How Injured Runners Can Continue Their Cardio Training

Maj. Lee Warlick, 628th Medical Operations Squadron Physical Therapy flight commander, observes an airman walk on a treadmill during a Gait Analysis Clinic appointment at Joint Base Charleston-Air Base, S.C.
Maj. Lee Warlick, 628th Medical Operations Squadron Physical Therapy flight commander, observes an airman walk on a treadmill during a Gait Analysis Clinic appointment at Joint Base Charleston-Air Base, S.C., Jan. 8, 2013. During a session with the Gait Analysis Clinic, a physical therapist will observe a patient walk on a treadmill with running shoes and barefoot. (Staff Sgt. Anthony Hyatt/U.S. Air Force photo)

More than 50% of all runners get injured every year. Chances are, your plan was not personalized for your current abilities, and you ran too many miles, too quickly. These types of injuries occur when you randomly double or triple your running miles per week.

When running, logical progressions are universally suggested at a 10%-15% mileage increase each week -- as long as you have no pain. Typical overuse injuries include shin splints, foot pain, knee tendinitis (patella; ITB, or iliotibial band syndrome; runner's knee), and stress fractures in the most serious cases. Here is an email question about getting back to running after some time off.

Stew. I am doing one month of strength, rehab work and HIIT (high-intensity interval training) to recover from bad iliotibial band syndrome. When I finish, should I repeat the last block from my training program where I left off? Thanks, Tristan

It was smart to take some time off running, but you can still do cardio base training with nonimpact cardio, like biking, using the elliptical machine and swimming, if you experience no pain doing those activities. I would recommend finding a cardio alternative if possible, depending on the severity of the injury. After taking time off from running, I never recommend jumping back in where you left off, especially if you have not run in a month or longer.

There are many approaches to this question. Many jump back in where they left off and typically reinjure themselves. Another option is to adjust your training week while injured by cutting all running miles by 50% for the next 2-4 weeks. Also, continue rehab exercises as a habitual cooldown for the rest of your training day, as the doctor orders. If there is no pain during or after running, then start your logical progression of 10%-15% each week until you are back at your original mileage during the injury. This may take 4-6 weeks in some cases, depending on the total miles you were on when you got injured.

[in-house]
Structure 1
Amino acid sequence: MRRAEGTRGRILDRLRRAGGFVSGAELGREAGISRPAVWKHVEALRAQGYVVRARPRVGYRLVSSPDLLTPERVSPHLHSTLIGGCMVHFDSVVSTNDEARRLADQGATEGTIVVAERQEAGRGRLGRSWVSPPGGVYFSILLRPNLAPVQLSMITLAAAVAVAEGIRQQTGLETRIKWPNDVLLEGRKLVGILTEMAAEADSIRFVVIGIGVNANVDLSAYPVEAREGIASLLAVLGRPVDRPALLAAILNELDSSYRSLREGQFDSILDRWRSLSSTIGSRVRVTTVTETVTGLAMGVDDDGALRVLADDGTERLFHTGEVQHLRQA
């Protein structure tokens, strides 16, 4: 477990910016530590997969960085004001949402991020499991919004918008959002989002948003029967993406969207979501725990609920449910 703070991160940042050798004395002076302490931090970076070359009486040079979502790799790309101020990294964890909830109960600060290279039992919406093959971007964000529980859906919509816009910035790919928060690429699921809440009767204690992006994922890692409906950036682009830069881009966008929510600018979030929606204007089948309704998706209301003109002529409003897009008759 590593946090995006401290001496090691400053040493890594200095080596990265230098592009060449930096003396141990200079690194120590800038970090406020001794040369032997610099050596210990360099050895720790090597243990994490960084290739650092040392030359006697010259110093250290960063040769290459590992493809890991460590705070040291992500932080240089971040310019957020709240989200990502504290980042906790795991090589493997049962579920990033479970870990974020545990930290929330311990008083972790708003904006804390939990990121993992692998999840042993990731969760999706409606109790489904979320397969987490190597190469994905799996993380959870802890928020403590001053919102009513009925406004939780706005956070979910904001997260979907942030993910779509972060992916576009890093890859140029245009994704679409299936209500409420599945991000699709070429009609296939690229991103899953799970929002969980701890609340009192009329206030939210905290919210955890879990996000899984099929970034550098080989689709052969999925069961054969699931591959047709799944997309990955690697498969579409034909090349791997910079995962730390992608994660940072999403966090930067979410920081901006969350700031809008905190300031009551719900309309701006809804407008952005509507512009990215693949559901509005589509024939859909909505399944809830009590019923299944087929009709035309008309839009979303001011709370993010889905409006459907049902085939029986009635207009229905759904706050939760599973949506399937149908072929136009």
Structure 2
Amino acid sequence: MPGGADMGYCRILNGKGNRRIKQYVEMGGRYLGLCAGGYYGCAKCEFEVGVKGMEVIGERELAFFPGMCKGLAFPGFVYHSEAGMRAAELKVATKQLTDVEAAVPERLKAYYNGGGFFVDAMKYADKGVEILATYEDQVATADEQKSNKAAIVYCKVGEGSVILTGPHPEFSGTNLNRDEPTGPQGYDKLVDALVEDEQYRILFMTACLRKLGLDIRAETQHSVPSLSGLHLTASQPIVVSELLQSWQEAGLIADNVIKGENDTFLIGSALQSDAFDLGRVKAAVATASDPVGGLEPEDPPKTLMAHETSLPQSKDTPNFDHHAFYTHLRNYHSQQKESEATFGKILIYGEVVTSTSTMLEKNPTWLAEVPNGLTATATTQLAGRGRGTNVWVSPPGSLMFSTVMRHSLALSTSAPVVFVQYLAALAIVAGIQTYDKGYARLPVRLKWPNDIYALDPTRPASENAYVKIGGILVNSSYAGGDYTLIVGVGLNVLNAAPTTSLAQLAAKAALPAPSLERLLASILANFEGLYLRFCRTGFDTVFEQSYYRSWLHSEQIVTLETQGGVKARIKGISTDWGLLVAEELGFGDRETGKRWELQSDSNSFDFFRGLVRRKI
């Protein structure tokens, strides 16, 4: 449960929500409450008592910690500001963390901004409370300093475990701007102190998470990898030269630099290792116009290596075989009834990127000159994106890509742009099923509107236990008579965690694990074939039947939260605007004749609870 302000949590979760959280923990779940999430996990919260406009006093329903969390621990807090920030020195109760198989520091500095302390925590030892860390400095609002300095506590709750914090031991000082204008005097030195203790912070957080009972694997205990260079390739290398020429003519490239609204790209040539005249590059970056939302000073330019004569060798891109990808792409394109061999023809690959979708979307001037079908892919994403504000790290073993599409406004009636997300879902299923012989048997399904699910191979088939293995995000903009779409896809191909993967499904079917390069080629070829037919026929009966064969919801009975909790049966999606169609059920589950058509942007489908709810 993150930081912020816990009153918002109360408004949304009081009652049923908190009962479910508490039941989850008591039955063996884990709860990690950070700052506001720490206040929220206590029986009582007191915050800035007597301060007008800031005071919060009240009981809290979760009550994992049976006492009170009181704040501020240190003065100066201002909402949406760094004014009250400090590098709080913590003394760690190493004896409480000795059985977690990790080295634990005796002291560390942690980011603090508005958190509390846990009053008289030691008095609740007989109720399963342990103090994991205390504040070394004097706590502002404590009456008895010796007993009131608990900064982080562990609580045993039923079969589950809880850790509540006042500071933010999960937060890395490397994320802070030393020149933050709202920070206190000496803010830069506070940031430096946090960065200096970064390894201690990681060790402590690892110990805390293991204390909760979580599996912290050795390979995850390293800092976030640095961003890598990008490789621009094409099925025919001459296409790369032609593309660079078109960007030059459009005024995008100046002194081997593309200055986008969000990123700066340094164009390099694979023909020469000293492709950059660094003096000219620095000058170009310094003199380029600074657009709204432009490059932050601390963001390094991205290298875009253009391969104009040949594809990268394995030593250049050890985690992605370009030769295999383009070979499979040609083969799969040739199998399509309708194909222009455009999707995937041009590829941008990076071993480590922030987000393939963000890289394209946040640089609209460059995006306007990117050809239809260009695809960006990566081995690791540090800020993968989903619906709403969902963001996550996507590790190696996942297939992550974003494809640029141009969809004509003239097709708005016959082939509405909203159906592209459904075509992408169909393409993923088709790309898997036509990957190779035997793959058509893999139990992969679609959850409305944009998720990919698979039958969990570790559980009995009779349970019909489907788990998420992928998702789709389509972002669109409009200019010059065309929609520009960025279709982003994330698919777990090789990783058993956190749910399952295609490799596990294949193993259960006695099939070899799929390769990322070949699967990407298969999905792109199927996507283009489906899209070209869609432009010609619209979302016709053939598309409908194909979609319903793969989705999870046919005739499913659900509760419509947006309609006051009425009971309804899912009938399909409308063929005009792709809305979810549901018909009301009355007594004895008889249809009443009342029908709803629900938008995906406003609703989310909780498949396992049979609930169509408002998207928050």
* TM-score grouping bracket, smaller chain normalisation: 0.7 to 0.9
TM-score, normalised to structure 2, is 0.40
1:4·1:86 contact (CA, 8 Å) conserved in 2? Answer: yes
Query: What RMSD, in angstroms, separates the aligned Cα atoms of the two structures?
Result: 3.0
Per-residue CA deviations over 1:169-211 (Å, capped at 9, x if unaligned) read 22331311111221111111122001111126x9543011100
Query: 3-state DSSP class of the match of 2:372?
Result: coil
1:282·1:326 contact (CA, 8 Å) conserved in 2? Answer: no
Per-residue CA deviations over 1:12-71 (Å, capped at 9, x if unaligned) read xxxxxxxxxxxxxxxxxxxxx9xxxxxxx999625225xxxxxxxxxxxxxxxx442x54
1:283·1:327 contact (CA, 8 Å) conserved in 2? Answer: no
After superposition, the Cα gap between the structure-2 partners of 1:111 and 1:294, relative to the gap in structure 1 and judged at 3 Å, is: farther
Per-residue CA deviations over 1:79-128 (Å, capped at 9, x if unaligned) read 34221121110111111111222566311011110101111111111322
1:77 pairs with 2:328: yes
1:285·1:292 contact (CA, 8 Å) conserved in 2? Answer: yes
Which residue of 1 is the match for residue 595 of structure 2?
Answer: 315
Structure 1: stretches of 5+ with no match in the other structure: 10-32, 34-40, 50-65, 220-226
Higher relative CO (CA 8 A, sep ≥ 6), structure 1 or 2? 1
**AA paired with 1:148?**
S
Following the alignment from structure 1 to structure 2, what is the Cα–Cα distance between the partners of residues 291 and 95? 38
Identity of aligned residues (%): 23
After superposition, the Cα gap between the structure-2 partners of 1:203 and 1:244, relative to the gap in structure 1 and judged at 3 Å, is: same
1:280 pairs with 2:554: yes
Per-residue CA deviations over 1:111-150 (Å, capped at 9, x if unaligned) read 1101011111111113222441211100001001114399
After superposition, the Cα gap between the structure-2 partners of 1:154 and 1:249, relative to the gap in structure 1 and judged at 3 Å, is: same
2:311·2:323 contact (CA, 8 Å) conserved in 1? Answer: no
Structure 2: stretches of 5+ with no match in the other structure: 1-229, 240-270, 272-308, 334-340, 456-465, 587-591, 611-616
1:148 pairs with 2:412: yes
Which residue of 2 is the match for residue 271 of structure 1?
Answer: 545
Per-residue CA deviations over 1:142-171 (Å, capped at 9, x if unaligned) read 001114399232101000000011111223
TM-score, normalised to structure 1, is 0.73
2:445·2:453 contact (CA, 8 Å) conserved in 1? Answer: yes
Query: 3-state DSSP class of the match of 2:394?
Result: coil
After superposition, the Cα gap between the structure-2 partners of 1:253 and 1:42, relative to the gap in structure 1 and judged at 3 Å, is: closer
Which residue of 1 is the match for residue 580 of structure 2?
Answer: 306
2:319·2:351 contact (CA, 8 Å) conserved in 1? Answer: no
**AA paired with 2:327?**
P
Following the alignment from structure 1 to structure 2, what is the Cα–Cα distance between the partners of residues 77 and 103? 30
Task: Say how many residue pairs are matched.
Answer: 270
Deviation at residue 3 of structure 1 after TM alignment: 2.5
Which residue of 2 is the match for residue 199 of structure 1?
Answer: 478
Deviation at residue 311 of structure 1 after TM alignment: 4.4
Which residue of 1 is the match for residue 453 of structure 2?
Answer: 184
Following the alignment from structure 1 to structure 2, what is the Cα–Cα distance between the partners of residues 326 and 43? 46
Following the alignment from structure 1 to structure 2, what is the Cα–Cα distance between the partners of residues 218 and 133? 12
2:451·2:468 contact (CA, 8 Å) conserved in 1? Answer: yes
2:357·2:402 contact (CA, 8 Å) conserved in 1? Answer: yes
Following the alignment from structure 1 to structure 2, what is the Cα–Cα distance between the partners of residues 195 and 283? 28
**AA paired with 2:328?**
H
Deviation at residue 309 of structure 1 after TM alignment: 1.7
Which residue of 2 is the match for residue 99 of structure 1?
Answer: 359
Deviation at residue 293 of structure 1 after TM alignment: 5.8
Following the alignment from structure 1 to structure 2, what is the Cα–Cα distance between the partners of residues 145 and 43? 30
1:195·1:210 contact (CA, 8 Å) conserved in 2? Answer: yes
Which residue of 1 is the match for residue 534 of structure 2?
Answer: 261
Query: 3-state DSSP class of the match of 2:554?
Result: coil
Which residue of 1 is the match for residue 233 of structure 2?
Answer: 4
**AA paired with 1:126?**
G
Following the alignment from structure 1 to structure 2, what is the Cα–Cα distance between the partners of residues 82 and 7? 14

An even more conservative approach is to treat yourself like a beginner. Consider running every other day for a total of 3-5 miles a week. Continue with a weekly progression of 10%-15% for the next month, then go back to your training cycle where you left off but consider cutting the mileage back to be a more logical progression with your four-week, post-injury running miles. If you have the time to do this, you should. It is likely because you did not do this at the start of your running program that you are back to being a "beginning runner" again.

Another approach to consider is the 50-50 approach. If you cut your miles by 50%, replace those missed miles with another form of cardio less impactful than running. One of my favorite conversions is to replace any missing miles on a running plan with 10 minutes of nonimpact cardio activity, such as biking, rowing, the elliptical machine or swimming. This way, you can do cardio workouts with half of the impact. This methodology has saved many injured runners in our local training group over the years and did not negatively affect their running times when they were back to total capacity.

So don't be the person who used to run five miles a day in high school and start running again in your late 20s without treating yourself like a beginner. If you are a lighter person and have not gained weight over the years, you might be able to get away with a more aggressive beginner running plan. Still, any added weight will not be nice to your knees, shins and feet when you start running again after long periods off.

Stew Smith is a former Navy SEAL and fitness author certified as a Strength and Conditioning Specialist (CSCS) with the National Strength and Conditioning Association. Visit his Fitness eBook store if you're looking to start a workout program to create a healthy lifestyle. Send your fitness questions to

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